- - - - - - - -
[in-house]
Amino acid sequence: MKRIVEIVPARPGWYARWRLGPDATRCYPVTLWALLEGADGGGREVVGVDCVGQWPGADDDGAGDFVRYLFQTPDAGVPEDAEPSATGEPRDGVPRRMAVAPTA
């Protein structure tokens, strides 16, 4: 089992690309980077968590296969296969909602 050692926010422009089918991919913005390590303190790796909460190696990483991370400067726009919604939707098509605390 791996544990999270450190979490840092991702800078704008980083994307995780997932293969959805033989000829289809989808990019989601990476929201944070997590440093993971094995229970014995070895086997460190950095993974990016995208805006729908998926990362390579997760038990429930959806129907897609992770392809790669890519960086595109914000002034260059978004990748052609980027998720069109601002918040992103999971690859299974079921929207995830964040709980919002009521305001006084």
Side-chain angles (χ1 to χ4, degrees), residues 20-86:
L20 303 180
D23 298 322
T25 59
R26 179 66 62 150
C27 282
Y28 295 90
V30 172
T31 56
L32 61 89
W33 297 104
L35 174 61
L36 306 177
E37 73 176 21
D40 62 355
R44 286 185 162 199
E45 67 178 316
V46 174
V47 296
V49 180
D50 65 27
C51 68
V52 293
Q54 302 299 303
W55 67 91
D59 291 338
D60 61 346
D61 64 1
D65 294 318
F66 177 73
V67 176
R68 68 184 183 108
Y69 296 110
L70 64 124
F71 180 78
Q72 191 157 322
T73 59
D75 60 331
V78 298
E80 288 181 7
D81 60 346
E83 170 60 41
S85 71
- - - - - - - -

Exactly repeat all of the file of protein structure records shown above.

[in-house]
Amino acid sequence: MKRIVEIVPARPGWYARWRLGPDATRCYPVTLWALLEGADGGGREVVGVDCVGQWPGADDDGAGDFVRYLFQTPDAGVPEDAEPSATGEPRDGVPRRMAVAPTA
């Protein structure tokens, strides 16, 4: 089992690309980077968590296969296969909602 050692926010422009089918991919913005390590303190790796909460190696990483991370400067726009919604939707098509605390 791996544990999270450190979490840092991702800078704008980083994307995780997932293969959805033989000829289809989808990019989601990476929201944070997590440093993971094995229970014995070895086997460190950095993974990016995208805006729908998926990362390579997760038990429930959806129907897609992770392809790669890519960086595109914000002034260059978004990748052609980027998720069109601002918040992103999971690859299974079921929207995830964040709980919002009521305001006084």
Side-chain angles (χ1 to χ4, degrees), residues 20-86:
L20 303 180
D23 298 322
T25 59
R26 179 66 62 150
C27 282
Y28 295 90
V30 172
T31 56
L32 61 89
W33 297 104
L35 174 61
L36 306 177
E37 73 176 21
D40 62 355
R44 286 185 162 199
E45 67 178 316
V46 174
V47 296
V49 180
D50 65 27
C51 68
V52 293
Q54 302 299 303
W55 67 91
D59 291 338
D60 61 346
D61 64 1
D65 294 318
F66 177 73
V67 176
R68 68 184 183 108
Y69 296 110
L70 64 124
F71 180 78
Q72 191 157 322
T73 59
D75 60 331
V78 298
E80 288 181 7
D81 60 346
E83 170 60 41
S85 71